Genetically, there are four ways in which a dog can have blue eyes. Three of these are linked with pigment loss in the coat.
The most common way is as a side effect of the merle gene. Merle dilutes random parts of the pigment, including the eyes and nose. This sort of dilution causes blue colour in the iris. Because of the random pigment loss, often merle dogs have “butterfly” noses and blue, wall or split eyes. Wall eyes are when a dog has one blue eye and one brown or amber eye, and a split eye has some blue in it and the rest is brown or amber. Split eyes vary from mostly blue to mostly brown or amber.
The more dilution there is in the coat of a merle , the more likely they are to have blue eyes or a butterfly nose. A heavily merled dog is unlikely to have either of these traits. Double merles are highly likely to have blue eyes and a completely or almost completely pink nose because of the combination of merle dilution and large amounts of white around the face .
The second way in which blue eyes can occur is when a dog has large amounts of white around its eyes. White areas on the coat are where the cells are unable to produce any pigment, so if these areas spread to the face then there may be pigment loss in the eyes and on the nose, making the nose pink and the eyes blue. This only tends to occur on very high-white dogs with the extreme spotting pattern, such as white Boxers, and even then is fairly unusual.
The third way is when a dog is affected by the C series. The C series is albino. There are no confirmed cases of true albinism in dogs, however “white” Dobermanns have a very light coat, blue eyes and a fully pink nose, and this is thought to be a form of albinism.
Lastly, blue eyes can be inherited as a completely separate gene, unaffected by coat colour. This gene is, however, rare. It is rumoured to occur occasionally in the Border Collie, but mainly it’s seen in the Siberian Husky. Huskies can have one or both blue eyes, regardless of their main coat colour, ranging in shade from almost white to sky blue. This is particularly striking when seen on black dogs.
Therefore, any breed of dog can be born with blue eyes in spite of its breed and coat color. Even if the puppy’s parents do not have blue eyes, a puppy can have it. Of course, this is a very rare case.
Let’s talk more about those dogs that mostly may have blue eyes regardless of the color of their coat.
Siberian Husky. Sledge dog breed is considered one of the oldest dog breeds. These dogs can be several colors, from black to white. Usually white are muzzle and belly. Eyes are blue, brown, amber color. The dogs may have different eyes – for example one blue and one brown. At present, very popular with dogs Sky-blue eyes. This is a very strong dogs that can survive in extreme cold. In terms of the character of these dogs can distinguish three features – a energetic, playful and friendly dog. These dogs love human company and do not like to be alone. They are not suitable for protection. Huskies rarely bark, but sometimes screaming just for fun. For these dogs require strenuous physical exercise, about 80-100 minutes. However, these dogs are prone to escape, so better to let go of their fenced area.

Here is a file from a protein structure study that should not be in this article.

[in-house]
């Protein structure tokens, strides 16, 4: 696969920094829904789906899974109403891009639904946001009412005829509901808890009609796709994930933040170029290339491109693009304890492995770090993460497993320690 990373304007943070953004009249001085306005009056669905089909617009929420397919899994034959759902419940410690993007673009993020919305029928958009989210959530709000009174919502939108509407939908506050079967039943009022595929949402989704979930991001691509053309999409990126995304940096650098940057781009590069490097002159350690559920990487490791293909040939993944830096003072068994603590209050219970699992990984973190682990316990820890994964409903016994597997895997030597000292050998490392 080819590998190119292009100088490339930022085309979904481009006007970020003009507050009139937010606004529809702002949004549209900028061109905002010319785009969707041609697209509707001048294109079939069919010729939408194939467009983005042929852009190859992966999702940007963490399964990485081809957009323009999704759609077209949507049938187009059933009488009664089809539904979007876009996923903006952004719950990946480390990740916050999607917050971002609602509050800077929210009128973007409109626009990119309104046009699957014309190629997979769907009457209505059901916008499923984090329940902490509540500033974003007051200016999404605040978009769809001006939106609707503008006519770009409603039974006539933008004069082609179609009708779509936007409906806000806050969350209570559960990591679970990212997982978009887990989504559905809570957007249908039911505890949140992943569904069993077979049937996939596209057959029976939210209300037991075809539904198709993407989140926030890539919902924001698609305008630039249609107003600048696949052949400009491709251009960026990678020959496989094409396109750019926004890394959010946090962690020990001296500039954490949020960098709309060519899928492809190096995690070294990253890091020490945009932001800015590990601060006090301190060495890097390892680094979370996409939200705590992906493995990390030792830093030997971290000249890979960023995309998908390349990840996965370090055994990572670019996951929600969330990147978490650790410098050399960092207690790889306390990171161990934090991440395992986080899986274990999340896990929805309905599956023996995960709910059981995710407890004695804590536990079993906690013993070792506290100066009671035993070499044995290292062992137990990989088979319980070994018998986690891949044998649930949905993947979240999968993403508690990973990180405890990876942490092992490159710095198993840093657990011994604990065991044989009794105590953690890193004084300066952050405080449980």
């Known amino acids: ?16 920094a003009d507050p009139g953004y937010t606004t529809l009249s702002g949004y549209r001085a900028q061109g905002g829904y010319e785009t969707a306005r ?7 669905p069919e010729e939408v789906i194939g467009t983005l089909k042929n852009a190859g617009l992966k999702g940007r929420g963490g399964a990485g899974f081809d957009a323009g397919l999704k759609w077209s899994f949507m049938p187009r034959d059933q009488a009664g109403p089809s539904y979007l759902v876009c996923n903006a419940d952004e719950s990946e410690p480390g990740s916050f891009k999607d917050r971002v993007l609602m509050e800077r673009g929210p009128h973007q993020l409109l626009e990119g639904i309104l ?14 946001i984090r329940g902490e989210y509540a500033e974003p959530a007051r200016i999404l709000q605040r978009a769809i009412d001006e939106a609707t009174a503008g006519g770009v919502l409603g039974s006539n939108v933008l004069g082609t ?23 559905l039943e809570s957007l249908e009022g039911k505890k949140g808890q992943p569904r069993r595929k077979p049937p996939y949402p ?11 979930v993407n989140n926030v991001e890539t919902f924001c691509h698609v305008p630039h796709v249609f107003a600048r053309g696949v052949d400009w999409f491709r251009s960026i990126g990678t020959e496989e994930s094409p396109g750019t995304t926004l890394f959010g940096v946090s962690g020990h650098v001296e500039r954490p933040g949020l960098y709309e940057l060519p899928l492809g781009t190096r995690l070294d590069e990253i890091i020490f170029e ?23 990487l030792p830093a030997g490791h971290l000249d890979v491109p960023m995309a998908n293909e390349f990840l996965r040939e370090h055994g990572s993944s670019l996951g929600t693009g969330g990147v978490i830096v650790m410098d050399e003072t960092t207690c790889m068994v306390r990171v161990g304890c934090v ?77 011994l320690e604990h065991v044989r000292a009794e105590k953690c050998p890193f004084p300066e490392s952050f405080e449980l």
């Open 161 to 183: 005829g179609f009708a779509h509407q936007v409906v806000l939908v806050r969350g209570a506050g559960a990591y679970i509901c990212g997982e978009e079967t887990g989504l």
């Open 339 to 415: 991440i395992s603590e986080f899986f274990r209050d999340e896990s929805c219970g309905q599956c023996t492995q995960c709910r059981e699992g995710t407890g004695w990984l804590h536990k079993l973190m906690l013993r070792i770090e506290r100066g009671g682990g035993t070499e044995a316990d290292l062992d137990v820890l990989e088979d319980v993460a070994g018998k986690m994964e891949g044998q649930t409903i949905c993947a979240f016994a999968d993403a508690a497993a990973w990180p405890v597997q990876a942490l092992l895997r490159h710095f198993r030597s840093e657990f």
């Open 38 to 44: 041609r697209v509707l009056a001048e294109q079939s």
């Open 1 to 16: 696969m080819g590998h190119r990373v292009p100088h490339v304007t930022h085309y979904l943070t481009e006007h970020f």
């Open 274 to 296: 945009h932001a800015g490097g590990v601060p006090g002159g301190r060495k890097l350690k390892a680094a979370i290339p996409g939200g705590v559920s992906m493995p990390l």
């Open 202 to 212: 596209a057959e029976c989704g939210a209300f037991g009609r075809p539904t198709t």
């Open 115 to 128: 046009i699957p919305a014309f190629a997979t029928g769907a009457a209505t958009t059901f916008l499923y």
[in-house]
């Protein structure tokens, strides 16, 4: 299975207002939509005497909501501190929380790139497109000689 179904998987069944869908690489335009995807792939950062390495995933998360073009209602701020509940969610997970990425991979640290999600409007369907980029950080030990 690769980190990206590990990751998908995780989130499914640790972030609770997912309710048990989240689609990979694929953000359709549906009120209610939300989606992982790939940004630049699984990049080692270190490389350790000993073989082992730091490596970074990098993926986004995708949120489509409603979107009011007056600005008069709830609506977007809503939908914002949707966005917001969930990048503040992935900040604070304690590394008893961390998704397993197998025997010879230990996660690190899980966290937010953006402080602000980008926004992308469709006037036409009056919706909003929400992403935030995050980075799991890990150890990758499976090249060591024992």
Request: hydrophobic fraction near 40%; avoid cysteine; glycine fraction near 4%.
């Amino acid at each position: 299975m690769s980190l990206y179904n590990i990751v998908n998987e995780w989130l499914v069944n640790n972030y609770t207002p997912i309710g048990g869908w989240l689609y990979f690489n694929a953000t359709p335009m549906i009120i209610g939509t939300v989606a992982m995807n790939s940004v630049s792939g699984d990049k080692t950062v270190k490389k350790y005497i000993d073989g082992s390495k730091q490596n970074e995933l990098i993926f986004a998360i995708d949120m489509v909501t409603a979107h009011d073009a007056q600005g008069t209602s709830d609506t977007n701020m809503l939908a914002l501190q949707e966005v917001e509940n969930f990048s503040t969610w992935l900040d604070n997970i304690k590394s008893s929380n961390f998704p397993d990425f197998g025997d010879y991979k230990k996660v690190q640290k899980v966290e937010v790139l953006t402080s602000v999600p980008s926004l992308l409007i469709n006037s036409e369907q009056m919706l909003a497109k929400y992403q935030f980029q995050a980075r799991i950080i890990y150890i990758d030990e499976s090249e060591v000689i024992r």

Australian Shepherd. This breed name may be misleading, because these dogs are descended not from Australia as it may seem, but they are from United States. In ancient times, these dogs are cared for very large flocks of sheep. It is a medium-sized dogs. Their fur can be black, blue marble, red marble, brown tri-color, black and white. Their coat is with spots and star on the head. Australian Shepherd eyes are amber and brown, blue and azure. One of the finest Australian Shepherd properties are big desire to please their owners, so these dogs are fast learners and great friends. These dogs are good guard dogs. They are wary of strangers, but not fearful. They are noisy – lots of bark and howl. This breed is affectionate and playful, but without sacrificing the basic working instinct. They need a big physical exercise, about 80-100 minutes. They are not enough for walking, but be free and jogging.
Blue-eyed Dalmatians are thought to have a greater incidence of deafness than brown-eyed Dalmatians, although a mechanism of association between the two characteristics has yet to be conclusively established. Some kennel clubs discourage the use of blue-eyed dogs in breeding programs.
Note that many of these dogs are blue eyed because of the dominant merle coat colour gene, which may be connected to deafness. The blue-eyed factor in Siberians is NOT connected with deafness, unlike some of the other breeds in which blue eyes may occur. Deaf Siberians are very, very rare. The Merle gene is actually a semi-lethal dominant: dogs with one dose of Merle show the effects of the gene – scattered patches of missing pigment – including on the iris of the eye. They will also show a structural defect of the iris called ‘iris coloboma’. Dogs with two doses of the merle gene are frequently deaf and seem to have otherwise reduced vigor.
It is important to add that the blue eye colouring is a recessive gene existing in almost all breeds. In other words, any dog can have blue eyes regardless of its breed and coat colour. A puppy can be born with blue eyes even though its parents do not have it. This is a rare instance though. Moreover, in some breeds blue eyes are considered a disqualifying fault .
Some dog breeds such as Weimaraners have blue eyes as puppies. As they grow up, the eye colour change.
However, blue eye coloring is a recessive gene in most breeds. Even if the breed is not known for it, and the parents do not have it, a puppy can still be produces with one or both eyes blue. This means that ANY breed can throw a blue eyed pup in a very rare instance. Health concerns associated with blue eyed dogs are cateracts and deafness, so be sure you get your puppy from a reputable breeder.